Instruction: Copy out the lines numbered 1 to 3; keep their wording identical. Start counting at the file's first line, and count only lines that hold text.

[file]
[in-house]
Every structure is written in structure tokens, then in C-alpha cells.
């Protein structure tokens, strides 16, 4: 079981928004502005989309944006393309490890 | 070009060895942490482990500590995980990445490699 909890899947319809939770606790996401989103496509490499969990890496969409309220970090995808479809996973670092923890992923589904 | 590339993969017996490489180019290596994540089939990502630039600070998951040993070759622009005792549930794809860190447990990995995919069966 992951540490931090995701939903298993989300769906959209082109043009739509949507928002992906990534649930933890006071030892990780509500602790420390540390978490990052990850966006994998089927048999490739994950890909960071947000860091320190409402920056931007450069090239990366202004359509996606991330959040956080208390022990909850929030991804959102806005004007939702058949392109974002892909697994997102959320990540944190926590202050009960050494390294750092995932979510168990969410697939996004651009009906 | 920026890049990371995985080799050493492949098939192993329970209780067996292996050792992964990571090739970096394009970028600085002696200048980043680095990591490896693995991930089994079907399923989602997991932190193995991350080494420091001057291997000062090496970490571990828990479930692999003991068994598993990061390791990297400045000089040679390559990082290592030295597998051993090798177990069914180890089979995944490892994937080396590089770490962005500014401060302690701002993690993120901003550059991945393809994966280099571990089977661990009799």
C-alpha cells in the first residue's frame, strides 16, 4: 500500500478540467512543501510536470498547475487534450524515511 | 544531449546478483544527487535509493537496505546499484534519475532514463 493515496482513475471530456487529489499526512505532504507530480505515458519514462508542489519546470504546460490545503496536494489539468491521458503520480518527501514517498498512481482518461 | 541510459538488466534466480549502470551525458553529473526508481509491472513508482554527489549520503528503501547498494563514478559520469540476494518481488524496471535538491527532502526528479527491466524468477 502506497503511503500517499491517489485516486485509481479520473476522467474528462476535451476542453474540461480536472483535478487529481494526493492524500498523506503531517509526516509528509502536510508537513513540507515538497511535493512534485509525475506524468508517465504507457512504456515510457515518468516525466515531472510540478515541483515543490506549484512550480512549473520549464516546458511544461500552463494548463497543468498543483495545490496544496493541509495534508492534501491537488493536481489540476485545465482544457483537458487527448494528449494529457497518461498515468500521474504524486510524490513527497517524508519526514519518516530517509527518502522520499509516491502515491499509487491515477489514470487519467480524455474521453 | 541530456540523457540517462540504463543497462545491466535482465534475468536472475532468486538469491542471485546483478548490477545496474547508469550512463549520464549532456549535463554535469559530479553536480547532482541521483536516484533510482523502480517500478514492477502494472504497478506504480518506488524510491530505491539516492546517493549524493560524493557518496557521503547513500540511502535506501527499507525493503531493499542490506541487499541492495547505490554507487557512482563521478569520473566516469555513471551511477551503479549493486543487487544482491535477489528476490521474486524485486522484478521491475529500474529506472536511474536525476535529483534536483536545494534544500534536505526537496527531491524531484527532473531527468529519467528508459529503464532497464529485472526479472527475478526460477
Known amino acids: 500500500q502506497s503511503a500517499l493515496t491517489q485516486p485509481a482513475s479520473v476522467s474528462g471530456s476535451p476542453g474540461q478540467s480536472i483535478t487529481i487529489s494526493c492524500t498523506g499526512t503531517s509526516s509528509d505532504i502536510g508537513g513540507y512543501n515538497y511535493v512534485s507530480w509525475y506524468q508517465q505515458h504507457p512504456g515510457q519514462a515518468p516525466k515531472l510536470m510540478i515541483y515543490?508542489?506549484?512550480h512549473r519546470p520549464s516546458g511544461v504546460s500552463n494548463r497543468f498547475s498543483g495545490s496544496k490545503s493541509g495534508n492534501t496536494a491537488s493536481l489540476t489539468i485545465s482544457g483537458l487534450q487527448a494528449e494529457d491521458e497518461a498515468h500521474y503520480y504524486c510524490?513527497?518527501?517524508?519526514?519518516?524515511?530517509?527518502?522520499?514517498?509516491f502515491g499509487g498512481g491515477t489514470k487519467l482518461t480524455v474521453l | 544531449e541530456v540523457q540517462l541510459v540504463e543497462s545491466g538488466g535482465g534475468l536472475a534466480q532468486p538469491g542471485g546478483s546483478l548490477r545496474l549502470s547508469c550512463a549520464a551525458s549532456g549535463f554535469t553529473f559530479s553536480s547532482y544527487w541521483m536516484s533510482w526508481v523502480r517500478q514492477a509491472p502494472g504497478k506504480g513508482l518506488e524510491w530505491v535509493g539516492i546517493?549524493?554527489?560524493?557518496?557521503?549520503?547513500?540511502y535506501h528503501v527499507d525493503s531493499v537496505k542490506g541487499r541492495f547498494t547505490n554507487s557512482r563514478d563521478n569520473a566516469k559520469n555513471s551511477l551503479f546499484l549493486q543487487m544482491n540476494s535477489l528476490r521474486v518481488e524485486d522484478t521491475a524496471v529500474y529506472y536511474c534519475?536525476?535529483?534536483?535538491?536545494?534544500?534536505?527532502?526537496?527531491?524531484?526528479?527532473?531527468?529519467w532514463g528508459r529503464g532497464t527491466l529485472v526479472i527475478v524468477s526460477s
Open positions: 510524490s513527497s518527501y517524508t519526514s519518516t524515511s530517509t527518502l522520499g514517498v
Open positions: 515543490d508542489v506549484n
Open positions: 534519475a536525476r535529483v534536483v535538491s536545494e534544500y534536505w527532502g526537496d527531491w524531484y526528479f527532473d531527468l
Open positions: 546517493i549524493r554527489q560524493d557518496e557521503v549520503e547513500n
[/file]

[in-house]
Every structure is written in structure tokens, then in C-alpha cells.
């Protein structure tokens, strides 16, 4: 079981928004502005989309944006393309490890 | 070009060895942490482990500590995980990445490699 909890899947319809939770606790996401989103496509490499969990890496969409309220970090995808479809996973670092923890992923589904 | 590339993969017996490489180019290596994540089939990502630039600070998951040993070759622009005792549930794809860190447990990995995919069966 992951540490931090995701939903298993989300769906959209082109043009739509949507928002992906990534649930933890006071030892990780509500602790420390540390978490990052990850966006994998089927048999490739994950890909960071947000860091320190409402920056931007450069090239990366202004359509996606991330959040956080208390022990909850929030991804959102806005004007939702058949392109974002892909697994997102959320990540944190926590202050009960050494390294750092995932979510168990969410697939996004651009009906 | 920026890049990371995985080799050493492949098939192993329970209780067996292996050792992964990571090739970096394009970028600085002696200048980043680095990591490896693995991930089994079907399923989602997991932190193995991350080494420091001057291997000062090496970490571990828990479930692999003991068994598993990061390791990297400045000089040679390559990082290592030295597998051993090798177990069914180890089979995944490892994937080396590089770490962005500014401060302690701002993690993120901003550059991945393809994966280099571990089977661990009799």